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14 Tech skills in high demand in South Africa according to latest ICT Skills survey

Published Oct 12, 2021


Software development is one of the most sought-after skills in the ICT sector in South Africa. This has been revealed in the latest ICT Skills survey by the Wits University’s Joburg Centre for Software Engineering (JCSE) in partnership with the Institute of Information Technology Professionals South Africa (IITPSA).

The survey, the 11th since 2008 and the first since the start of the Covid-19 pandemic, assessed what impact the pandemic and lockdown have had on working conditions and skills supply and demand in South Africa. The same report indicated that the programming languages most in demand were found to be .NET, C#, C++, Java and VB, with a decline in demand for people to maintain legacy systems, such as COBOL developers.

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The report noted that many companies were adopting the agile project management methodology, resulting in scrum masters being in demand. However, there are very few people in the country that have certified qualifications to work with the method. The survey report listed Java, Python, Javascript, C# and PHP as the top five languages.

According to the report, the top occupations with hard to fill vacancies in the MICT sector (and the quantity needed) were:

1.Software developer (2 434)

2.Computer Network Technician (1 948)

3.Developer Programmer (823)

4.ICT Communications Assistant (755)

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5.Computer Network & Systems Engineer (731)

6.ICT Security Specialist (713)

7.ICT Systems Analyst (676)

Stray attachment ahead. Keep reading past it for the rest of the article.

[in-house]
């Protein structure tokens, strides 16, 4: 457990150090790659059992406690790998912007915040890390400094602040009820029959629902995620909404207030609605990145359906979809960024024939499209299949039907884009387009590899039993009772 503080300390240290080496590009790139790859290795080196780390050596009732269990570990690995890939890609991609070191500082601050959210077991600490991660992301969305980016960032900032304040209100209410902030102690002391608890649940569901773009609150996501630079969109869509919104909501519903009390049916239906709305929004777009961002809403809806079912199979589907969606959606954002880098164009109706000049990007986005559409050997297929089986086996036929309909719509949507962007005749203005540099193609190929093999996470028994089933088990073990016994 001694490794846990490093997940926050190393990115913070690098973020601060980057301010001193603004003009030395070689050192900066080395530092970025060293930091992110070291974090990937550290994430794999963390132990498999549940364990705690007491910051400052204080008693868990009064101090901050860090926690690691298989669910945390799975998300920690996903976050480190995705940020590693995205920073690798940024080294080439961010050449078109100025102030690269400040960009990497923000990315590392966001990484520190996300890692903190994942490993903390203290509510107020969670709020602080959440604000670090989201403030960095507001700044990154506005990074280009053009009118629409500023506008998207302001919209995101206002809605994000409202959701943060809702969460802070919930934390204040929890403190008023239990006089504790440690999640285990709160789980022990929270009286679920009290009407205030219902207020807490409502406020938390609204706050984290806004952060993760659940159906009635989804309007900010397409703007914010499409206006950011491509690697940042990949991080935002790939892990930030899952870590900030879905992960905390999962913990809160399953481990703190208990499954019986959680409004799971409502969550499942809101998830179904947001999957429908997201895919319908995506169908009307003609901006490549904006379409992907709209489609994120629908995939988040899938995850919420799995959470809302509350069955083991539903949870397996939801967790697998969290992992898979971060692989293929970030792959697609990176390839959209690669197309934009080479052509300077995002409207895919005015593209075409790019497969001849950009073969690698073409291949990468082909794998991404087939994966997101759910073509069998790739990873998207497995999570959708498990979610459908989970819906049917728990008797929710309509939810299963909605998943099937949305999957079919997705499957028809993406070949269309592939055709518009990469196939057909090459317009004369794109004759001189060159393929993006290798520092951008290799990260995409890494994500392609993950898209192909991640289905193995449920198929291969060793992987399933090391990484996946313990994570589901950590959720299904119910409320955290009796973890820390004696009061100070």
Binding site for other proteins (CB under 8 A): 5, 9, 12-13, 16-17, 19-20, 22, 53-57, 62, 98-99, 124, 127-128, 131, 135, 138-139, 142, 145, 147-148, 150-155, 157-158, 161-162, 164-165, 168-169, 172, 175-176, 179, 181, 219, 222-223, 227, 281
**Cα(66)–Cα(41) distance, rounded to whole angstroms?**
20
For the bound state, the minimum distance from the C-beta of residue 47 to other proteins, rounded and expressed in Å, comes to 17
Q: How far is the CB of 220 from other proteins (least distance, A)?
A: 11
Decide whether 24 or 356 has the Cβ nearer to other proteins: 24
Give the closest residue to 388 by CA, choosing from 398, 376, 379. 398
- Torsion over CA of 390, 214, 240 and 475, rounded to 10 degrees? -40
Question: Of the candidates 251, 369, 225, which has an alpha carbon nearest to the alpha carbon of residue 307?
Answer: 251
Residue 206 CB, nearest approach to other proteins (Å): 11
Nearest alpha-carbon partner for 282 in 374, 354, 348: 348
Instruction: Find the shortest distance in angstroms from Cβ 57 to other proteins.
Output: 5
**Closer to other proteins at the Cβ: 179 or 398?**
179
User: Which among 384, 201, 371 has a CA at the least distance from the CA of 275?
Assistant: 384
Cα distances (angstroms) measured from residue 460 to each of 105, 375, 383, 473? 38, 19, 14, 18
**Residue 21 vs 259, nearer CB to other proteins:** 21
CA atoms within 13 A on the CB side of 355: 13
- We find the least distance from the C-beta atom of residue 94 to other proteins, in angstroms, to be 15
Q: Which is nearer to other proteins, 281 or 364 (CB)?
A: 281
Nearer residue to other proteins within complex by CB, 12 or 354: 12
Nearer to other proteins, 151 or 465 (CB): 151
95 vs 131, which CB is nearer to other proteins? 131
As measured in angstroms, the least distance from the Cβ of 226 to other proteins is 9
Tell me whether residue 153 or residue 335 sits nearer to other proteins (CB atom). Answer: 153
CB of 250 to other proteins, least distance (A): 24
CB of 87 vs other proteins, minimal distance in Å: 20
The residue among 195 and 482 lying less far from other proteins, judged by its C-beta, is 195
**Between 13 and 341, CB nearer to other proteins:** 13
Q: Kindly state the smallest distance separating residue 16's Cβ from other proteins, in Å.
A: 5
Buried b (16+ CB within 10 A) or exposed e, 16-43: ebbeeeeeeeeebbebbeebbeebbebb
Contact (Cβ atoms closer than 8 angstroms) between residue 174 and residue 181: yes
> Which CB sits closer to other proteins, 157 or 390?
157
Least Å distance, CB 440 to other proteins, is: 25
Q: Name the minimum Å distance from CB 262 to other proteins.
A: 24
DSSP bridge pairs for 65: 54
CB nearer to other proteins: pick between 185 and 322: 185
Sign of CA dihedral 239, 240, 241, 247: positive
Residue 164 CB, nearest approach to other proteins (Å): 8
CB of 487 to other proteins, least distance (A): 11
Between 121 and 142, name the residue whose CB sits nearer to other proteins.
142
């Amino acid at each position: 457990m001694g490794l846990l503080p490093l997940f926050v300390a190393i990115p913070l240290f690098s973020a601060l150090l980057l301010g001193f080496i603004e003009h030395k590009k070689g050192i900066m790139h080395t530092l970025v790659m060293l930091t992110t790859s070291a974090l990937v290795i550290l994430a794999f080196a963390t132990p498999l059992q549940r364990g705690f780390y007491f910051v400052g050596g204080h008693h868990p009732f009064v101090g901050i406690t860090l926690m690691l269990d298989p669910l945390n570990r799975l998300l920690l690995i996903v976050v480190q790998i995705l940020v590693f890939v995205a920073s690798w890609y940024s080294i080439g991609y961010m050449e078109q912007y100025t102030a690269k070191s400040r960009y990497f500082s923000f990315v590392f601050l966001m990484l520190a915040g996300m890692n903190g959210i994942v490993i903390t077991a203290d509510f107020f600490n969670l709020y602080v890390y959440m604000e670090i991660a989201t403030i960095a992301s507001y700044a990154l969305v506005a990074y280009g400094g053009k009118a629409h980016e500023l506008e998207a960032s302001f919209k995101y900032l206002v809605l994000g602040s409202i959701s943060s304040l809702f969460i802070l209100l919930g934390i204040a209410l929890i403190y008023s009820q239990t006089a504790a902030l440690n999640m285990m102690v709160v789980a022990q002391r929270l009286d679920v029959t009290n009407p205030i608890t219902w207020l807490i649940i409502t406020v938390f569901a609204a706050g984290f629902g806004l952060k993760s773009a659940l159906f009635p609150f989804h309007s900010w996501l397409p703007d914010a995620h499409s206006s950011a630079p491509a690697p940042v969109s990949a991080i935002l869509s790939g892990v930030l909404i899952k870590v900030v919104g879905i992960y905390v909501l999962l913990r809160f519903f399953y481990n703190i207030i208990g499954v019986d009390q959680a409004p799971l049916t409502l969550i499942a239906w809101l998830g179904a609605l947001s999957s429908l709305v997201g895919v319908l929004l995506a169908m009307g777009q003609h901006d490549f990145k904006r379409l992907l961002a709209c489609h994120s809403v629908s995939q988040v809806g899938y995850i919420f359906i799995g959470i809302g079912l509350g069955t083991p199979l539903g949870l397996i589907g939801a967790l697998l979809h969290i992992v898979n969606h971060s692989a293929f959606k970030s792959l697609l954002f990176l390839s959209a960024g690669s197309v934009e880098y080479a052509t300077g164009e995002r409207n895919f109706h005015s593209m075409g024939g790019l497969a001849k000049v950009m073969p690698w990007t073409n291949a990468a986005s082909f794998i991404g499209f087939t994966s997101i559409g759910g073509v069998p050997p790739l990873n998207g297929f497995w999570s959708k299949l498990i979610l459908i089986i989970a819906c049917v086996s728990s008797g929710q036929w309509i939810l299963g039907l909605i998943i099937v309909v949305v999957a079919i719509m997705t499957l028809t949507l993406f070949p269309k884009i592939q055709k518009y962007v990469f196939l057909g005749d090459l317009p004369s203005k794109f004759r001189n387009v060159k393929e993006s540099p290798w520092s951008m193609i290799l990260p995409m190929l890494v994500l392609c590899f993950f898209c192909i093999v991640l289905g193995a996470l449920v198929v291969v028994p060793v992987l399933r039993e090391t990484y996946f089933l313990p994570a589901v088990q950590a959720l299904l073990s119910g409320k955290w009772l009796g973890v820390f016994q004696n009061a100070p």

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8.Web Technician (514)

9.Systems Administrator (405)

10.Programmer Analyst (397)

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11.Management Consultant (Business Analyst) (359)

12.Advertising Specialist (224)

13.Telecommunications Network Engineer (164)

14.Database Designer & Administrator (114)

Report co-authors Adrian Schofield, production consultant at the IITPSA, and Professor Barry Dwolatzky, Director of the JCSE, shared advice for the young on how they can prepare for the fourth industrial revolution. The report noted growing concern among young people about what to study to prepare for 4IR careers.

Dwolatzky said: “Learning ‘coding’ seems to have become something of an obsession in recent years. We have also seen a mushrooming of coding academies and “Coding Bootcamps”. I would question whether the mass acquisition of skills in coding and robotics should be our priority in preparing South Africa for 4IR. Coding is hard to master and frustrating if you only learn it superficially.”

Dwolatzkys advice for future-proof qualifications was to first strive to complete a university degree – any university degree. “Over the three years of an undergraduate programme, you will learn to learn, communicate and sell. With a degree under your belt, learn the foundational skills required in the 4IR-related job you may wish to be doing.

“These foundational skills can be acquired via a good set of online courses or other alternative learning pathways. But remember that technical skills such as software development require many hours of practice,” he said.

IOL Tech

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